Steve Krawitz

I agree. It seems they want to have their cake and eat it, too.

Daniel Christen

No, skiplagging is unfair. The client entered an agreement with the airline for a certain trip. The airlines honours this agreement or if they can’t, they offer a remedy. Therefore, as a client, you should honour the agreement too. I am a frequent flyer with KLM and in over 20 years, I made 2 times a little mistake. When I contacted them to explain, they were very helpful. Because they know from my history, I stick to the agreements as good as I can. And to be fair, to me, KLM is the most valuable company worldwide, I could fly… Read more »


What about if you buy a metro ticket that you don’t use? Or a concert ticket that you don’t use? Airlines don’t hesitate to sell more tickets than available places. So you might not be able to take off because of them. But the other way around, it doesn’t make any difference for the airline. Plus, the way the pricing is made on airline tickets is completely crazy and stupid. Once I was flying from Brussels to Zurich, one way, 700 CHF… But Brussels Zurich, Zurich Basel was 100 CHF… We talk about the same airline, and the very same… Read more »


Classic double standards. Overbooking, used by all airlines, is one, changing prices of tickets according from where you log in and try to book is another. Increasingly laws and roules are against customers.


Yes it should be legal. Airlines overbook, now they have extra seats for those overbooked! They still get their money for the usage! Sounds more like greedy airlines.


The case was dismissed because it was unclear how LH calculated the damages. But heron lies the problem. Even if they can prove the flight that the pax actually took was a certain price, and he has to pay the difference, question is if that would satisfy the court. Because at that point the real question of damages comes into play. How much damage did the airline suffer because somebody did not use part of the purchased service? One could argue the airline has won money (ability to put another pax on that now unused seat) and owes the pax… Read more »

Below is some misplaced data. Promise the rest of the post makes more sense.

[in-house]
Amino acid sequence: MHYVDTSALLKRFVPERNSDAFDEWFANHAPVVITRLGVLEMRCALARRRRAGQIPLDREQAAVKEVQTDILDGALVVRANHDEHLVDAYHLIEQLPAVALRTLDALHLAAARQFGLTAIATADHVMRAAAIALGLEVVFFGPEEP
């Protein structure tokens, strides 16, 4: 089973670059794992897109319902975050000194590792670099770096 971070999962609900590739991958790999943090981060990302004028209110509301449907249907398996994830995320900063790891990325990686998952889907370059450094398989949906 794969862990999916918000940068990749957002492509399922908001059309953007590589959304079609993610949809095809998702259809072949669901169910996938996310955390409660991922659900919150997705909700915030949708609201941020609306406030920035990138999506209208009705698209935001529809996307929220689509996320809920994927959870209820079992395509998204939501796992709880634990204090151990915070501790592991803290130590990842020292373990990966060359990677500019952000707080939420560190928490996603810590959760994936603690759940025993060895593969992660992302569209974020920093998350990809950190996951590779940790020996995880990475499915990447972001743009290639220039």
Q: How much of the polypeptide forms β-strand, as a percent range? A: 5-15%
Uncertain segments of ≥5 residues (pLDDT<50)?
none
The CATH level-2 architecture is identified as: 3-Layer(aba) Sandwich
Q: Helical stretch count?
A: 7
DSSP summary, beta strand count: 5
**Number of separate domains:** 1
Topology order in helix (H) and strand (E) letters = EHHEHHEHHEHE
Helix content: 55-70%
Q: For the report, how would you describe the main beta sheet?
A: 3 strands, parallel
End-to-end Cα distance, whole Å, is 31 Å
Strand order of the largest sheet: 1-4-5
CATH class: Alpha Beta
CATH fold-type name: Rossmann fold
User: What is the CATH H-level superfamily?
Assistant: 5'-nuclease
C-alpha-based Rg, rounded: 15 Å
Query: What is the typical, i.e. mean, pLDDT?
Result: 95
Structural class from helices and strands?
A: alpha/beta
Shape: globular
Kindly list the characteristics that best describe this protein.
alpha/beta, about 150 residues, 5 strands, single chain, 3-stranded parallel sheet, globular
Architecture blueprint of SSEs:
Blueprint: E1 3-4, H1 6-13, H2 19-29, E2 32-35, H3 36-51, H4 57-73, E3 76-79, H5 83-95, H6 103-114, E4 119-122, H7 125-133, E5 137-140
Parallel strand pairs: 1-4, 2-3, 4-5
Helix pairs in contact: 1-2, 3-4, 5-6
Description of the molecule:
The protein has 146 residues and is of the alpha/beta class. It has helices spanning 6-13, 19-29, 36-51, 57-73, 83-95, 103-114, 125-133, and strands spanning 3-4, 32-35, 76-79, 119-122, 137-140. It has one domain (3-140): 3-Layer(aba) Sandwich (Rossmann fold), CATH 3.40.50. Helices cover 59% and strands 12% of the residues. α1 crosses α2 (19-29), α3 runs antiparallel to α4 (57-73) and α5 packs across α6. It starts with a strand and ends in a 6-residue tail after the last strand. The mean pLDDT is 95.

Airlines try to make more money and passengers try to pay less money.. skipping the last flight sector might happen due to different reasons, so airlines can’t charge every passenger for skipping. If they do so, then say good luck to this airlines. As long as the system allows to book, pay and skip, then airlines have no right to charge the passengers for skipping.


Skiplagging should be allowed. I’m sure with overbooking of tickets, the airlines are not losing out on money. The empty seat would be then sold to someone who is on standby for the same flight from B to C. Given that customers have to pay for absolutely everything from luggage, to food, and even see changes in reservations, I have my doubts that some person skipping on the second leg of their flight is causing the airline to go broke. There’s almost always overbook flights, and people waiting to fly on standby.


That this is possible in the first place shows how they’re trying to screw you to begin with. For me it’s most applicable on SEA-DTW flights. Just a quick example. If I was to book DL2872 for Wednesday my cost right now is $640. SEA-ORD is $153 on DL2872 and DL622. So paying for an additional flight somehow results in a cost difference to Delta of $-487. Delta really needs to explain that math, and how the additional resources used to operate flight DL622 decreases their cost so much. In a industry where they claim such small profit margins, this… Read more »